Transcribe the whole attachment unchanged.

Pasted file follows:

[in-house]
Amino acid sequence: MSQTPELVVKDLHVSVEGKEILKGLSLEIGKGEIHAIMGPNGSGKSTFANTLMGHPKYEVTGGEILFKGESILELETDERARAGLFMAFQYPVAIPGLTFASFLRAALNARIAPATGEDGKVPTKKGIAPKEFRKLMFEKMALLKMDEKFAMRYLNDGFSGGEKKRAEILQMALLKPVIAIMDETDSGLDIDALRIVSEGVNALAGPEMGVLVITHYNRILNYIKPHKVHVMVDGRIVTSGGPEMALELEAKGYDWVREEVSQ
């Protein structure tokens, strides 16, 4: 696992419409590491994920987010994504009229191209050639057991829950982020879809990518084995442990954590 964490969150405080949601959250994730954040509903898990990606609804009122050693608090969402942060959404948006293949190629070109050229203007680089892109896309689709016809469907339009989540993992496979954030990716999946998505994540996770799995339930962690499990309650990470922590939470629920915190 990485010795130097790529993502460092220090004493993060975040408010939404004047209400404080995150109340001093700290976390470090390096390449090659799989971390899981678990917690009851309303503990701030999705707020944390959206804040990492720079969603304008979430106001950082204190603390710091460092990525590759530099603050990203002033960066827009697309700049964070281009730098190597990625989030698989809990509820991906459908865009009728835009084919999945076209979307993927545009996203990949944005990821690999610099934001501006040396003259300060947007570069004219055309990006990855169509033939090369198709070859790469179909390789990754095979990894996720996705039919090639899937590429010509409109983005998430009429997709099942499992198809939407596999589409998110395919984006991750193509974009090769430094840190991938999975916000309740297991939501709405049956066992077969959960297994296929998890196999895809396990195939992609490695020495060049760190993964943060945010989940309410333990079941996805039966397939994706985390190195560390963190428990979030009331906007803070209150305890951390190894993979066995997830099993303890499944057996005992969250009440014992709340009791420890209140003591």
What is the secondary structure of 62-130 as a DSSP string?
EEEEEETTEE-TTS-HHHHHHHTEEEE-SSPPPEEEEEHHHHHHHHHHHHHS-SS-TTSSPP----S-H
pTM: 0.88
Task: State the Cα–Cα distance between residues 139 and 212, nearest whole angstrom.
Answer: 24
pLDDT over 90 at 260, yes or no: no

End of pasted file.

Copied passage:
[in-house]
Amino acid sequence: MSQTPELVVKDLHVSVEGKEILKGLSLEIGKGEIHAIMGPNGSGKSTFANTLMGHPKYEVTGGEILFKGESILELETDERARAGLFMAFQYPVAIPGLTFASFLRAALNARIAPATGEDGKVPTKKGIAPKEFRKLMFEKMALLKMDEKFAMRYLNDGFSGGEKKRAEILQMALLKPVIAIMDETDSGLDIDALRIVSEGVNALAGPEMGVLVITHYNRILNYIKPHKVHVMVDGRIVTSGGPEMALELEAKGYDWVREEVSQ
């Protein structure tokens, strides 16, 4: 696992419409590491994920987010994504009229191209050639057991829950982020879809990518084995442990954590 964490969150405080949601959250994730954040509903898990990606609804009122050693608090969402942060959404948006293949190629070109050229203007680089892109896309689709016809469907339009989540993992496979954030990716999946998505994540996770799995339930962690499990309650990470922590939470629920915190 990485010795130097790529993502460092220090004493993060975040408010939404004047209400404080995150109340001093700290976390470090390096390449090659799989971390899981678990917690009851309303503990701030999705707020944390959206804040990492720079969603304008979430106001950082204190603390710091460092990525590759530099603050990203002033960066827009697309700049964070281009730098190597990625989030698989809990509820991906459908865009009728835009084919999945076209979307993927545009996203990949944005990821690999610099934001501006040396003259300060947007570069004219055309990006990855169509033939090369198709070859790469179909390789990754095979990894996720996705039919090639899937590429010509409109983005998430009429997709099942499992198809939407596999589409998110395919984006991750193509974009090769430094840190991938999975916000309740297991939501709405049956066992077969959960297994296929998890196999895809396990195939992609490695020495060049760190993964943060945010989940309410333990079941996805039966397939994706985390190195560390963190428990979030009331906007803070209150305890951390190894993979066995997830099993303890499944057996005992969250009440014992709340009791420890209140003591």
What is the secondary structure of 62-130 as a DSSP string?
EEEEEETTEE-TTS-HHHHHHHTEEEE-SSPPPEEEEEHHHHHHHHHHHHHS-SS-TTSSPP----S-H
pTM: 0.88
Task: State the Cα–Cα distance between residues 139 and 212, nearest whole angstrom.
Answer: 24
pLDDT over 90 at 260, yes or no: no